Honda K. Factors Underlying Variation in Receipt of Physician Advice On Diet and Exercise: Applications of the Behavioral Model of Health Care Utilization. Am J Health Promot. 2004 May-Jun;18(5):370-7. PubMed PMID: 15163138.
* Article titles in AMA citation format should be in sentence-case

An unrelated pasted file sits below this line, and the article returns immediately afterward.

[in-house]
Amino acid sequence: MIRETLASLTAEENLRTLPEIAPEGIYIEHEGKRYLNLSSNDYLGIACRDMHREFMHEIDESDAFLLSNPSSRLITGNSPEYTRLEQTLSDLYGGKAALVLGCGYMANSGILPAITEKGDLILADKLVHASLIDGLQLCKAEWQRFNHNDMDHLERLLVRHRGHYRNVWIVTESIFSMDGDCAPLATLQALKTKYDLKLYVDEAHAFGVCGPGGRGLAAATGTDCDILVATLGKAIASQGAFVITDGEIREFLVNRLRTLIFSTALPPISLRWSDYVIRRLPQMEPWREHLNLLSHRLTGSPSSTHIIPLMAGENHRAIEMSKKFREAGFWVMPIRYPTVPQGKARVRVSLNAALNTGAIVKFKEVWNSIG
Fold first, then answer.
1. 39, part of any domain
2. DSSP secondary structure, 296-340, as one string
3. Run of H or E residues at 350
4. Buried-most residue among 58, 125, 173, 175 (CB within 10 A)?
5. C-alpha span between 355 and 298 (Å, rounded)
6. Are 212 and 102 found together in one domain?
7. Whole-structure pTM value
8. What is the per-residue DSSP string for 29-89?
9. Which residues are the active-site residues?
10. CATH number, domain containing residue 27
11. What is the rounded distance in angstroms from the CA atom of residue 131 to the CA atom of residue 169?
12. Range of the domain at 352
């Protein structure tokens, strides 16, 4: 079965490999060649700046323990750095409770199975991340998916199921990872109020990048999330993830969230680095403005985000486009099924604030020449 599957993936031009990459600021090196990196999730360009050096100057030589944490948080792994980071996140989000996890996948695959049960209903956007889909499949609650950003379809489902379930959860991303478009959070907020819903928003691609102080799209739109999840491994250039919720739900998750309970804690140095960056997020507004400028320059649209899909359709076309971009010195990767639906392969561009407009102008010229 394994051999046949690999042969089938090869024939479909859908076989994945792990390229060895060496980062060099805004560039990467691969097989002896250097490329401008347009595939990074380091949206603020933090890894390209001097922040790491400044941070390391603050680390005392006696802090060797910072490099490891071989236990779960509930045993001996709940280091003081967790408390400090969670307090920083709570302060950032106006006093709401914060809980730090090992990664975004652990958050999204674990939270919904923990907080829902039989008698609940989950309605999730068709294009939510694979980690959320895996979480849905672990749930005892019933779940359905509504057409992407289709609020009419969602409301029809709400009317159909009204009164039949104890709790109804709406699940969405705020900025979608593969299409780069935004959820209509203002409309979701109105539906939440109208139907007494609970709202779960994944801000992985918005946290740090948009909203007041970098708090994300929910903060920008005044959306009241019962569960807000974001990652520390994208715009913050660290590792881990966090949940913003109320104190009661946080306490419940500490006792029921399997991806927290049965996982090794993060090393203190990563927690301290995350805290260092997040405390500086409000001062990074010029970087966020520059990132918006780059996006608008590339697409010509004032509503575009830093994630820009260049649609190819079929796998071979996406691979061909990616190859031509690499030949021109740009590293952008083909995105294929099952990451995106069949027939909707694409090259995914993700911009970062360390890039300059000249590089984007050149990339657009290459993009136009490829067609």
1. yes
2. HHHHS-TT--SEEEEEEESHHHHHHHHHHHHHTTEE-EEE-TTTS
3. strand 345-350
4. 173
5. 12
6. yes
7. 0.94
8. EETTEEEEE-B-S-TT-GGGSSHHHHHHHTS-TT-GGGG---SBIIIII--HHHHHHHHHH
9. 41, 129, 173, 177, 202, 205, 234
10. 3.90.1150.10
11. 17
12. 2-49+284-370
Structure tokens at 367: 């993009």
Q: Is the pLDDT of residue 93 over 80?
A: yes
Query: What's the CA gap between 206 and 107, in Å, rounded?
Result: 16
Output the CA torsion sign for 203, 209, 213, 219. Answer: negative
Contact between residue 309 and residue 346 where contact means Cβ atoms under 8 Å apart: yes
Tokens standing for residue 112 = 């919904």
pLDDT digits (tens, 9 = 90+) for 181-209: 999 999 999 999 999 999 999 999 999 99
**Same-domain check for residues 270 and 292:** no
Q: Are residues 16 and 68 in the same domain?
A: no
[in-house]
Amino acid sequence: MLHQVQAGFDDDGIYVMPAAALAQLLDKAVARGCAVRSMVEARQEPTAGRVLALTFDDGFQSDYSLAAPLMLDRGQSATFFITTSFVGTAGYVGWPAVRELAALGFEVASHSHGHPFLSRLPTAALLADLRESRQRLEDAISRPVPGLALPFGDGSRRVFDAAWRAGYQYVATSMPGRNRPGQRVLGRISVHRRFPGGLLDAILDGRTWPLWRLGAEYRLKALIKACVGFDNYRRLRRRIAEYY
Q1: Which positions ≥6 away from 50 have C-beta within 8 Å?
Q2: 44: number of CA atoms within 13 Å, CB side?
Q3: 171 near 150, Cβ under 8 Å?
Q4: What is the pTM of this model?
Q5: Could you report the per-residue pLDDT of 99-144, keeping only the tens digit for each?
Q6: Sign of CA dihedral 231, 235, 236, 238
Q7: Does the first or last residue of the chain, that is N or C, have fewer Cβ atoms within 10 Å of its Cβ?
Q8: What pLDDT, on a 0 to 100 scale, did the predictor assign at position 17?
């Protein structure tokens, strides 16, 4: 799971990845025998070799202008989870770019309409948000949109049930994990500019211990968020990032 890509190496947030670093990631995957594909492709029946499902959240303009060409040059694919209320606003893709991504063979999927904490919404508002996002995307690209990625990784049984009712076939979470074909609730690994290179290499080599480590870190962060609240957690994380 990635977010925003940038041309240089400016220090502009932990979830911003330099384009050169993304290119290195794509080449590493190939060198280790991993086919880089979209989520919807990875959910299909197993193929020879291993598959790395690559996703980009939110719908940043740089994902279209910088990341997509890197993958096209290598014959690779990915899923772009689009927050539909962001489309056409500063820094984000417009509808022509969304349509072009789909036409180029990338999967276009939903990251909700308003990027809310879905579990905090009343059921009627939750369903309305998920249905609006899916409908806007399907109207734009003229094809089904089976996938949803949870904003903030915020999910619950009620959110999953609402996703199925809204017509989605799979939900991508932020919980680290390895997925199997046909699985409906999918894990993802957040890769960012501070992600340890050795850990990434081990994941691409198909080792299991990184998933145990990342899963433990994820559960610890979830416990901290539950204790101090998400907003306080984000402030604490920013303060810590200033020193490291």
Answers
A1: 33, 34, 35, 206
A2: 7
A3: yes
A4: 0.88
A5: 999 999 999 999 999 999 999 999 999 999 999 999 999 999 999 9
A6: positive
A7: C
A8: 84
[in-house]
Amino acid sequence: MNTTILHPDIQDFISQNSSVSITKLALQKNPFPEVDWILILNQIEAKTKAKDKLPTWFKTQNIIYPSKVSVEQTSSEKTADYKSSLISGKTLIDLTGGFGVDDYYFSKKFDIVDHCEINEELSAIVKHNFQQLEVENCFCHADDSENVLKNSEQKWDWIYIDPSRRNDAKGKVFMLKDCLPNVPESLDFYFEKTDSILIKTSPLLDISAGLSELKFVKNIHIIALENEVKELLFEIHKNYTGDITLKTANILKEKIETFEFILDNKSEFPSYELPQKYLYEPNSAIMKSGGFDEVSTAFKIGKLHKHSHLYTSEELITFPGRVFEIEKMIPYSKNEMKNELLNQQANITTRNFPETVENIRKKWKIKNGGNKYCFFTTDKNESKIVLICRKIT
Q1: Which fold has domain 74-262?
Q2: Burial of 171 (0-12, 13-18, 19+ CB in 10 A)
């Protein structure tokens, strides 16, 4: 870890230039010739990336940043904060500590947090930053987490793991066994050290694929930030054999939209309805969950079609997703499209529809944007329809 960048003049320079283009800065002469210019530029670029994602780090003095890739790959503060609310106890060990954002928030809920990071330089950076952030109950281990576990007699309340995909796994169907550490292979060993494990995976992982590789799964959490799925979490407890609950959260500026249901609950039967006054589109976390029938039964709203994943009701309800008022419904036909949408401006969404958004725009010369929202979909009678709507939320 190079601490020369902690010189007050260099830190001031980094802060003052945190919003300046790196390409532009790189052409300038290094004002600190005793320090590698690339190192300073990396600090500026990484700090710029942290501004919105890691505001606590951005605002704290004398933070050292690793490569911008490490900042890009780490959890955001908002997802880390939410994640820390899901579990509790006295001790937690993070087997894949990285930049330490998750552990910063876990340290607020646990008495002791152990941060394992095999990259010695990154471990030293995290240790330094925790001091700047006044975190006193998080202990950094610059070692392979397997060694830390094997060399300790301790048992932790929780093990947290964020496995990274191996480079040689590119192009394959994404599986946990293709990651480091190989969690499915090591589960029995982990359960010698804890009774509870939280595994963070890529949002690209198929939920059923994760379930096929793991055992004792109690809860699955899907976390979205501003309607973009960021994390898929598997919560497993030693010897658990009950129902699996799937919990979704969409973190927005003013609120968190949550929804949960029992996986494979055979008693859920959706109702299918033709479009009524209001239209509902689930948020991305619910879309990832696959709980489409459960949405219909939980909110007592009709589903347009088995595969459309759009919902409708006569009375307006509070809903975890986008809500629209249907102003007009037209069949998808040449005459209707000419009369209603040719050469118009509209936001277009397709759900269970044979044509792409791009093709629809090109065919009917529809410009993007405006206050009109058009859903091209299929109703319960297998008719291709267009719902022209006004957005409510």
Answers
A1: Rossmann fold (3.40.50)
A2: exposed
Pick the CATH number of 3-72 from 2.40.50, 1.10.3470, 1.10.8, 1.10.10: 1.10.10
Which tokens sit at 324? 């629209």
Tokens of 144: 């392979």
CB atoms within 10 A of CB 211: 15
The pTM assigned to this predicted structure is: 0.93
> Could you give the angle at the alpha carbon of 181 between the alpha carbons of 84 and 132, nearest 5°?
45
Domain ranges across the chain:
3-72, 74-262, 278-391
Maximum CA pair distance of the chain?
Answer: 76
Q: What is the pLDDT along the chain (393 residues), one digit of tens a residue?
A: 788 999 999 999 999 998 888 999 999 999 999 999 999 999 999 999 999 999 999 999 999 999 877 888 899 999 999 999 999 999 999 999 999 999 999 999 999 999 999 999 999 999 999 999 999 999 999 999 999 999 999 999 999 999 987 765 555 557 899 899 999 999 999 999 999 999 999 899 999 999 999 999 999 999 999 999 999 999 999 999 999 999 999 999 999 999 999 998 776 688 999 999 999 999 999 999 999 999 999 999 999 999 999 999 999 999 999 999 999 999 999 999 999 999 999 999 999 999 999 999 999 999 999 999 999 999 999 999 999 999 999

TY - JOUR T1 - Factors underlying variation in receipt of physician advice on diet and exercise: applications of the behavioral model of health care utilization. A1 - Honda,Keiko, PY - 2004/5/28/pubmed PY - 2004/7/2/medline PY - 2004/5/28/entrez SP - 370 EP - 7 JF - American journal of health promotion : AJHP JO - Am J Health Promot VL - 18 IS - 5 N2 - PURPOSE: To identify factors associated with receipt of physician advice on diet and exercise, including patient sociodemographic characteristics, health-related needs, and health care access, using Andersen's model of health care utilization. DESIGN: A cross-sectional analysis was performed using data from the 2000 National Health Interview Survey (NHIS). SETTING: NHIS data were collected through personal household interviews by Census interviewers. The overall response rate for the 2000 NHIS adult sample was 82.6%. SUBJECTS: Subjects were a representative sample of the American civilian, noninstitutionalized population aged 18 and older. After eliminating missing data and respondents who reported they did not see a doctor in the past 12 months, sample sizes for physician advice on diet and exercise were n = 26,255 and n = 26,158, respectively. MEASURES: Using the 2000 NHIS, the prevalence of receipt of physician advice on diet and exercise was assessed. Multiple logistic regression analyses were performed to examine the associations between receipt of physician advice on diet and exercise and potential predictors, adjusting for all covariates. RESULTS: By self-report, 21.3% and 24.5% of respondents received physician advice on diet and exercise, respectively. Being middle-aged (adjusted odds ratio [AOR] = 1.14, 95% confidence interval [CI], 1.0-1.29 for diet; AOR = 1.55, 95% CI = 1.33-1.79 for exercise) and having a baccalaureate degree or higher (AOR = 1.78, 95% CI = 1.52-2.08 for diet; AOR = 1.75, 95% CI = 1.47-2.07) were associated with a higher likelihood of receiving physician advice on diet and exercise. African-Americans (AOR = .78, 95% CI = .67-.92) and foreign-born immigrants (AOR = .57, 95% CI = .38-.86) were less likely to receive physician advice on exercise. The prevalence of physician advice was higher for persons who chose hospital outpatient departments as a usual source for care (AOR = 2.36, 95% CI = 1.66-3.36 for diet; AOR = 2.39, 95% CI = 1.68-3.4 for exercise) than for adults with other types of usual care sites. Poorer self-rated health status (AOR = 5.2, 95% CI = 4.12-6.57 for diet; AOR = 2.63, 95% CI = 2.04-3.38 for exercise) and obesity (AOR = 2.32, 95% CI = 2.02-2.66 for diet; AOR = 3.01, 95% CI = 2.46-3.69 for exercise) was positively associated with the likelihood of receiving physician advice on diet and exercise. CONCLUSIONS: Effective strategies to increase receipt of physician advice should include efforts to improve access to regular source of care and patient-physician communication. Sociodemographic factors remain independent and important predictors of who obtains such advice. SN - 0890-1171 UR - https://www.unboundmedicine.com/medline/citation/15163138/Factors_underlying_variation_in_receipt_of_physician_advice_on_diet_and_exercise:_applications_of_the_behavioral_model_of_health_care_utilization_ L2 - https://journals.sagepub.com/doi/10.4278/0890-1171-18.5.370?url_ver=Z39.88-2003&rfr_id=ori:rid:crossref.org&rfr_dat=cr_pub=pubmed DB - PRIME DP - Unbound Medicine ER -